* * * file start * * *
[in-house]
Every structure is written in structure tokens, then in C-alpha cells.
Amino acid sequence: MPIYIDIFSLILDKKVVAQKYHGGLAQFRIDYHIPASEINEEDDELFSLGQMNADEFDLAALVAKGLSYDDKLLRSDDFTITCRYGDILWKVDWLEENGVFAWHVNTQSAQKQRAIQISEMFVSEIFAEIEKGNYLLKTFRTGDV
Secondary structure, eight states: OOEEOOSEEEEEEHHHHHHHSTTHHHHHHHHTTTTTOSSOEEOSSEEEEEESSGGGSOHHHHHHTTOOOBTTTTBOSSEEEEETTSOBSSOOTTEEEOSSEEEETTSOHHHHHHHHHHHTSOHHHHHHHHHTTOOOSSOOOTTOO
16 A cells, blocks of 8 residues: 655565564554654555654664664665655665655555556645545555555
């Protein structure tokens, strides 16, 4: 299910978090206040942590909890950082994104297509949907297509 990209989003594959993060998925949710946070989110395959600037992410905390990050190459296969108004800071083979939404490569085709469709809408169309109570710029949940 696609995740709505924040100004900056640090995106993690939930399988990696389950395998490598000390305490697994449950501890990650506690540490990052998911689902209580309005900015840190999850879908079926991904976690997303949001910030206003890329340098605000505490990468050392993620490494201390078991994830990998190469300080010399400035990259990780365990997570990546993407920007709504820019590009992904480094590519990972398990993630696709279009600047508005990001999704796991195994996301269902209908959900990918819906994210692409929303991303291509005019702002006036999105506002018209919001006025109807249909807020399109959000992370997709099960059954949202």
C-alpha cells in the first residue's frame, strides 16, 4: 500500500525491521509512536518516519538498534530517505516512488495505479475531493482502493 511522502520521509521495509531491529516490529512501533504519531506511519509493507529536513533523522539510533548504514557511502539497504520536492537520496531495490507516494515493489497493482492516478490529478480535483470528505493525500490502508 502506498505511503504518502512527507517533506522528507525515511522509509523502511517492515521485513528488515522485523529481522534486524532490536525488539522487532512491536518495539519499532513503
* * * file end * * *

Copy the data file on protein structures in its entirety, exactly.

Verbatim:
[in-house]
Every structure is written in structure tokens, then in C-alpha cells.
Amino acid sequence: MPIYIDIFSLILDKKVVAQKYHGGLAQFRIDYHIPASEINEEDDELFSLGQMNADEFDLAALVAKGLSYDDKLLRSDDFTITCRYGDILWKVDWLEENGVFAWHVNTQSAQKQRAIQISEMFVSEIFAEIEKGNYLLKTFRTGDV
Secondary structure, eight states: OOEEOOSEEEEEEHHHHHHHSTTHHHHHHHHTTTTTOSSOEEOSSEEEEEESSGGGSOHHHHHHTTOOOBTTTTBOSSEEEEETTSOBSSOOTTEEEOSSEEEETTSOHHHHHHHHHHHTSOHHHHHHHHHTTOOOSSOOOTTOO
16 A cells, blocks of 8 residues: 655565564554654555654664664665655665655555556645545555555
């Protein structure tokens, strides 16, 4: 299910978090206040942590909890950082994104297509949907297509 990209989003594959993060998925949710946070989110395959600037992410905390990050190459296969108004800071083979939404490569085709469709809408169309109570710029949940 696609995740709505924040100004900056640090995106993690939930399988990696389950395998490598000390305490697994449950501890990650506690540490990052998911689902209580309005900015840190999850879908079926991904976690997303949001910030206003890329340098605000505490990468050392993620490494201390078991994830990998190469300080010399400035990259990780365990997570990546993407920007709504820019590009992904480094590519990972398990993630696709279009600047508005990001999704796991195994996301269902209908959900990918819906994210692409929303991303291509005019702002006036999105506002018209919001006025109807249909807020399109959000992370997709099960059954949202």
C-alpha cells in the first residue's frame, strides 16, 4: 500500500525491521509512536518516519538498534530517505516512488495505479475531493482502493 511522502520521509521495509531491529516490529512501533504519531506511519509493507529536513533523522539510533548504514557511502539497504520536492537520496531495490507516494515493489497493482492516478490529478480535483470528505493525500490502508 502506498505511503504518502512527507517533506522528507525515511522509509523502511517492515521485513528488515522485523529481522534486524532490536525488539522487532512491536518495539519499532513503